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How does Late Republican Rome differ in terms of Art and Architecture from other contemporary cities in Italy?

The Roman Republic can be defined as the phase during which the ancient civilization of Rome was dominated by a Republican form of Government, following the overthrow of the Monarchy around 509 BC. Opposed to a monarchy a republic is that which is led by the people, working together with government. The word originates from the late term res publica, which can be translated as 'public thing' or 'public matter'. (Sourced from: www.nationmaster.com/encyclopedia/Republic, Date accessed 07/11/08.
The exact point at which the Republic then evolved into the Roman Empire is debatable, although for the purposes of this paper the period between 146 and 44 BC will be under discussion in terms of the timescale considered to represent the late Republican era.
This was a period when the city of Rome was expanding in order to accommodate the increase in its population and the consequent need to develop more efficient water supplies and food resources in addition to handling growing political unrest and class divisions emerging at this time.

The Classical art and architecture of ancient Rome prior to 400 BC was largely Etruscan art in the form of tomb decorations, after which the Greek influence became dominant.
Particular to Rome at this time was the network of road systems, archways, city streets and arched bridges. Aqueducts were also revolutionary devices that combined science, architecture and art to provide the city with water. (Stamburgh, 1988: 36)
The Architecture of Ancient Rome adopted the external language of classical Greek architecture for their own purposes; they absorbed Geek influence in many aspects and combined this with the ancient Etruscan influences of their forefathers who supplied them with architectural solutions such as hydraulics and the construction of arches.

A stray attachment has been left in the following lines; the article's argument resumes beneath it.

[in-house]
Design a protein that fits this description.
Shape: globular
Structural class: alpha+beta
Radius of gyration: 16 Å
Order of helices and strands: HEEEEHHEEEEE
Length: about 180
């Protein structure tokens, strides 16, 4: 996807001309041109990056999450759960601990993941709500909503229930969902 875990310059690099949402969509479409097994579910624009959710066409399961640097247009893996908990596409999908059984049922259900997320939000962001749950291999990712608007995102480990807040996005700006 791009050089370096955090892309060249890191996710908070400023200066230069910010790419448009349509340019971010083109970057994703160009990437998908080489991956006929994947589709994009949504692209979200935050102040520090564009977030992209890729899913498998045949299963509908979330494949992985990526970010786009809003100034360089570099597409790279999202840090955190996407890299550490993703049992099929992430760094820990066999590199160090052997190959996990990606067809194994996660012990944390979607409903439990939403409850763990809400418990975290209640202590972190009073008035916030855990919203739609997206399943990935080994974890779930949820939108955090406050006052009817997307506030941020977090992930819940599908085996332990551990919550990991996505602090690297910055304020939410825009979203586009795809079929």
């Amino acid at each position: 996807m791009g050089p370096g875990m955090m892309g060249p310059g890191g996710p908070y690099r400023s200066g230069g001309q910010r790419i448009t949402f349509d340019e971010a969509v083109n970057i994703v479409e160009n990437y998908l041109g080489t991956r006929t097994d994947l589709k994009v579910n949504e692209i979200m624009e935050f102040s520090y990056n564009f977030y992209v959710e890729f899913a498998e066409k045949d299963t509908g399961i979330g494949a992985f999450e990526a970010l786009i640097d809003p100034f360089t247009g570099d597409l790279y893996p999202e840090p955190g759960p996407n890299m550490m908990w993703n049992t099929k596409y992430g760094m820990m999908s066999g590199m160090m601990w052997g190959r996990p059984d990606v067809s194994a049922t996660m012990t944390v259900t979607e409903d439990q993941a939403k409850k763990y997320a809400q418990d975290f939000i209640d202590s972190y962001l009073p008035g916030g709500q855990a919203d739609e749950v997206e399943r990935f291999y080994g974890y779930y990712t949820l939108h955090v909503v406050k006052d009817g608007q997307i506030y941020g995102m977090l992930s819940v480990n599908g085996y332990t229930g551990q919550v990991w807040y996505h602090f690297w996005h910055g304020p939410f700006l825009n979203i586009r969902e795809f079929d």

What is also very apparent is the reputation Rome must have demanded. It was on the eve of becoming an Empire and its location and notoriety combined to define it as a leading nation where people wanted to live and better themselves. The importation of artists and art into the city helped to shape it into a culturally pioneering nation all of its own.

During the first and second centuries Rome was at the height of its extravagance and wealth with a population estimated at the time as being considerably over 1,000,000. This population would have been diverse and varied sustained by a regular stream of immigrants, consisting of slaves and foreign visitors that escaped their rural lifestyles from provinces and beyond. Rome's paved streets, sophisticated water supplies, and sewage systems were revolutionary and as a city it would undoubtedly have far surpassed any other in terms of its size and grandeur. However it should be remembered that, its strained economic and social achievements would also contribute as forerunners for its ultimate future downfall.  

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